Evil and the possibility of social sin: A theological anthropodicy

Joseph Hugh McKenna, Fordham University


Within theology evil has been addressed principally by theodicy. Theodicy accepts the onus of the problem of evil as God's and therefore defends God in the face of that challenge. However, theodicy can inadvertently undermined a sense of responsibility to redress social evils by making evil appear "meaningful." "Anthropodicy," on the other hand, places the burden of the problem of evil upon humanity instead of God; it therefore solicits active resistance to certain evils. An anthropodicy may be secular or religious. It is religious when religious theory seeks to create in practice an acute sense of responsibility to affect and alter the world's many evils. Such a theory would be a theological anthropodicy. The theory of "social sin" is one such theory. Theories of sin serve to outline the dimensions of human responsibility. That part of evil which is susceptible to human influence constitutes the parameters of human responsibility. Hence, "sin" denotes moral culpability for action or inaction within the purview of responsibility. Due to its inherent irony, however, sin says something positive about human capability: the possibility of sin ironically confirms the possibilities of human nature and human agency. The term "social sin" is relatively new. It is a correlate of "structural evil" and is meant to identify human responsibility for structural, systemic evils. The underdevelopment of the concept social sin parallels the underdevelopment of a consciousness of structural evil. With the unravelling of uncritical conservatism and private piety in the nineteenth century, theology acknowledged the existence of structural evil. It was left to twentieth-century theologians to identify "social sin" in the accommodation to structural evils. However, the term "social sin" had been in use for a decade or more when theologians finally acknowledged that it is a theologically dubious notion. Given the datum of ignorance in the accommodation to structural evil, it is difficult, and perhaps impossible to identify sin. Social sin does become possible, however, through theories of voluntary ignorance. The possibility of social sin suggests the possibility of social conversion, all of which suggests the possibility of actively creating a more just, less evil world.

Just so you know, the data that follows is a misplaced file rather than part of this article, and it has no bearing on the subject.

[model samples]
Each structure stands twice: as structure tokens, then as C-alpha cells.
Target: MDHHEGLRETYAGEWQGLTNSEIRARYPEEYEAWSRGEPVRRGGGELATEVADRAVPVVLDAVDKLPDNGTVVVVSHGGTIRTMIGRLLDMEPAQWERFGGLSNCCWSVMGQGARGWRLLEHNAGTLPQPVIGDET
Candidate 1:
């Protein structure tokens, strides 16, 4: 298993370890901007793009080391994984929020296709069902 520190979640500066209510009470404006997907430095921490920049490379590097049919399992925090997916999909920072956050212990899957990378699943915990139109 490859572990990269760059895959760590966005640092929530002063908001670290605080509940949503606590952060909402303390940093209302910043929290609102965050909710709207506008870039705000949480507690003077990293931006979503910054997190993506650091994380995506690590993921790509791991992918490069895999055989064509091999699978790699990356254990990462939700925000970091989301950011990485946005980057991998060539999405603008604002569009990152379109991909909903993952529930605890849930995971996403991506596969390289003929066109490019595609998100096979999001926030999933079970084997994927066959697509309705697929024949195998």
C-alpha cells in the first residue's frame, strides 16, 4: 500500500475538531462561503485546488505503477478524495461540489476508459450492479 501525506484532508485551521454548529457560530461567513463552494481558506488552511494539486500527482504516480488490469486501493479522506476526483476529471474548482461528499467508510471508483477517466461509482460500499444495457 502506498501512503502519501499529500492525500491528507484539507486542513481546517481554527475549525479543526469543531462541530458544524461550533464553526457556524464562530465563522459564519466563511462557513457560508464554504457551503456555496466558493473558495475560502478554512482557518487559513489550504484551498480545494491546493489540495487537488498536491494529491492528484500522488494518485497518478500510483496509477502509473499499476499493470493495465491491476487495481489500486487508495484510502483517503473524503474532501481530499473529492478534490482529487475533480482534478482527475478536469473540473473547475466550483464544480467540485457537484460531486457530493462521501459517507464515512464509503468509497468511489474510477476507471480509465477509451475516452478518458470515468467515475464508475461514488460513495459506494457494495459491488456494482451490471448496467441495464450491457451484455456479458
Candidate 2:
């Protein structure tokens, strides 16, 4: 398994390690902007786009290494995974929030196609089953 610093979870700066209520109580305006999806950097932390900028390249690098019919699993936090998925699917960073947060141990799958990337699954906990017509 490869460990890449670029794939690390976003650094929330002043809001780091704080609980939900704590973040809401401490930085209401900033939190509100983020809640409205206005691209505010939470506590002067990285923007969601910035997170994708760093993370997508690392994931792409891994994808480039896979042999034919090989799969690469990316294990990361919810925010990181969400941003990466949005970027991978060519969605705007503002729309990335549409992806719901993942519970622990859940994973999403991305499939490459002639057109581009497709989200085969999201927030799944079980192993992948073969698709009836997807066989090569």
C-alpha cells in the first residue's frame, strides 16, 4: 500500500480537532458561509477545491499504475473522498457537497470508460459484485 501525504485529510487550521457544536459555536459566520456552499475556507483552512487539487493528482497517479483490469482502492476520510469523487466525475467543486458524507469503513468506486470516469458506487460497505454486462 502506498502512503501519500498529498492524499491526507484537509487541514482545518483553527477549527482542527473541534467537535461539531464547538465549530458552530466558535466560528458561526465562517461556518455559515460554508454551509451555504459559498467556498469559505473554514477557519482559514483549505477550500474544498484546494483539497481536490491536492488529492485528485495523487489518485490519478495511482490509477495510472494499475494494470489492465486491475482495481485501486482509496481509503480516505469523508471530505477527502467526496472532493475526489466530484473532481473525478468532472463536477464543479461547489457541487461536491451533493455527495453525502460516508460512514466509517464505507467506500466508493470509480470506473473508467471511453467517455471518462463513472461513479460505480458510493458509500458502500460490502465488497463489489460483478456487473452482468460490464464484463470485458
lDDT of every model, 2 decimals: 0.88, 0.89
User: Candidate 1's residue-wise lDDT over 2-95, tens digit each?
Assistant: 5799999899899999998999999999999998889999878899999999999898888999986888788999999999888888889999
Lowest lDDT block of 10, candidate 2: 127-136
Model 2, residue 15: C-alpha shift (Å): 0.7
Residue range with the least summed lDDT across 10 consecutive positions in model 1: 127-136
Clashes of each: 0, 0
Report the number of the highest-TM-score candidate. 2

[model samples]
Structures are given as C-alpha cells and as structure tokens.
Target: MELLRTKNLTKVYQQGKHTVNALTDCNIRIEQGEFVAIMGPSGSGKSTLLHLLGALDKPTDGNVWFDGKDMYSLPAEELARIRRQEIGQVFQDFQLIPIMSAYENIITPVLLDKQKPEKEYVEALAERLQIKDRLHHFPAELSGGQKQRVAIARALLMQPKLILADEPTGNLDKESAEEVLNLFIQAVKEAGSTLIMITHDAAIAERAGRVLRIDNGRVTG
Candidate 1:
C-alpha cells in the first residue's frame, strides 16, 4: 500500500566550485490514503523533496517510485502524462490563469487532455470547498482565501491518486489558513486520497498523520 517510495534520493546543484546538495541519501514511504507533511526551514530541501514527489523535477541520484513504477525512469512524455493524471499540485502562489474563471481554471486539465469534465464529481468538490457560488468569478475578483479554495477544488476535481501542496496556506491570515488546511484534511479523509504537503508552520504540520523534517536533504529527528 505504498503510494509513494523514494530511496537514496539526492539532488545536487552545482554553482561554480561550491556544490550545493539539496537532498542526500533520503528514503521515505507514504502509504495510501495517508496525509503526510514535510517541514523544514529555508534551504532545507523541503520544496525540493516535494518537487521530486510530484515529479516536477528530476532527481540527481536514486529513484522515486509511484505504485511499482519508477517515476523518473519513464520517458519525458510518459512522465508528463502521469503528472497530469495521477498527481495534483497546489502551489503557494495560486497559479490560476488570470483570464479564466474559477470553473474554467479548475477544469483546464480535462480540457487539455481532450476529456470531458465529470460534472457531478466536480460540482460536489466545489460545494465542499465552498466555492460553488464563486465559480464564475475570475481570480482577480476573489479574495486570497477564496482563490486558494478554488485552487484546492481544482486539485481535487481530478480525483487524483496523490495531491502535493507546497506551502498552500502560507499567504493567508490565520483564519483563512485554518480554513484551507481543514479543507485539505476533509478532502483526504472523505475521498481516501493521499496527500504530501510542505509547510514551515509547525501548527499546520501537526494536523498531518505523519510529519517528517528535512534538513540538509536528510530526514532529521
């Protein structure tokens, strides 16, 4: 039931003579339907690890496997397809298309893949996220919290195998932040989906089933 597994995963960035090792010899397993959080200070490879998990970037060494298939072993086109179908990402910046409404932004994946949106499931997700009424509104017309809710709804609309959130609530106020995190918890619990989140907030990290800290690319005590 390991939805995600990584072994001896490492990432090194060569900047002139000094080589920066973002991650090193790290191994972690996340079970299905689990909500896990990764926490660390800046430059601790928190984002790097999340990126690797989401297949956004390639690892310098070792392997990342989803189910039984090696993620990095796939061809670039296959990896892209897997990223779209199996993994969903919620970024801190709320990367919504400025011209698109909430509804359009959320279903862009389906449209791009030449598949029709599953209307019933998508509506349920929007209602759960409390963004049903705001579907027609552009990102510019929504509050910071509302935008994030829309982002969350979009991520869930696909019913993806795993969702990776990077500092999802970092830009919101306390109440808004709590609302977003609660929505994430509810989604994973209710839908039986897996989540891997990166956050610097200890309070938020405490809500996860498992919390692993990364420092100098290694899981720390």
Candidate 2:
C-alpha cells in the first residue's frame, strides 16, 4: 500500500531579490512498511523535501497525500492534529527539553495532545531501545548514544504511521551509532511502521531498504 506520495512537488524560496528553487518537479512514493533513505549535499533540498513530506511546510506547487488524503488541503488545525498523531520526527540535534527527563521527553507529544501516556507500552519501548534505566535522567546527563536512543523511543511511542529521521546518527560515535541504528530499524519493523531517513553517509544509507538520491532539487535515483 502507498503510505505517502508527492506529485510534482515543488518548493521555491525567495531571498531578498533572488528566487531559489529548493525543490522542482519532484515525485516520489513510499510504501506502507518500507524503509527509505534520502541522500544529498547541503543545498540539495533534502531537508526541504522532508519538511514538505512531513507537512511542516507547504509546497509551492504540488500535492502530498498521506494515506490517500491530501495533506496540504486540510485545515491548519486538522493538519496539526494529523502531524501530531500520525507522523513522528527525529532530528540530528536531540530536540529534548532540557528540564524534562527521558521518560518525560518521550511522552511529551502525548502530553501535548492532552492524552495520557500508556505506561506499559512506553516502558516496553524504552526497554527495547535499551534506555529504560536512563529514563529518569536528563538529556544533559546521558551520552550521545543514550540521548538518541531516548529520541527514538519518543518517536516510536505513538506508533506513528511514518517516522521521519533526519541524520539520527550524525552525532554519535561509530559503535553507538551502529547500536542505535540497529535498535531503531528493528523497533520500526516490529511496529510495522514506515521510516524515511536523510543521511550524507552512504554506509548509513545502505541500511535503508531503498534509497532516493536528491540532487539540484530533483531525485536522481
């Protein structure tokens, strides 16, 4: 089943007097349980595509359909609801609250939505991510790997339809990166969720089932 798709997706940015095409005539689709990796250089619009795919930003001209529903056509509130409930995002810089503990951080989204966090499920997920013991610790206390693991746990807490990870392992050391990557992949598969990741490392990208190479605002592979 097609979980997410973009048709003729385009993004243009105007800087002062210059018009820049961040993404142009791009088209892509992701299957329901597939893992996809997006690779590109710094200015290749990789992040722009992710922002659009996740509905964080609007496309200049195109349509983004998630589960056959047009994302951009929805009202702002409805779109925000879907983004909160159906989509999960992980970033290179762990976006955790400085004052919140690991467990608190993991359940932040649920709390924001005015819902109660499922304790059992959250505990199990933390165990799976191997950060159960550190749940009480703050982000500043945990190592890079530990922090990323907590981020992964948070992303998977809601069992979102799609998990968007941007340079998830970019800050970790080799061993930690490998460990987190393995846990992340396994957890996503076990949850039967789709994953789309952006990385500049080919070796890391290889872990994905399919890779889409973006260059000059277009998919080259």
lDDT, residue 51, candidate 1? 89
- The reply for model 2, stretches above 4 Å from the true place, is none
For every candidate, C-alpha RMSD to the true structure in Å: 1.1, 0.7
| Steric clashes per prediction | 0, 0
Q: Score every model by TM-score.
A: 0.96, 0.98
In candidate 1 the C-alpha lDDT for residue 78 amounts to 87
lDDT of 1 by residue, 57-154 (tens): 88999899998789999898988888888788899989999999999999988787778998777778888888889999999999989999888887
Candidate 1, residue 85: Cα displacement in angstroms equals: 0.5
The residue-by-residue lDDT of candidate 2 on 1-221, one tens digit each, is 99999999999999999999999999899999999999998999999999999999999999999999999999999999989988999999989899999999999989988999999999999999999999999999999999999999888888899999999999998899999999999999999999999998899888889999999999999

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Recommended Citation

McKenna, Joseph Hugh, "Evil and the possibility of social sin: A theological anthropodicy" (1993). ETD Collection for Fordham University. AAI9324622.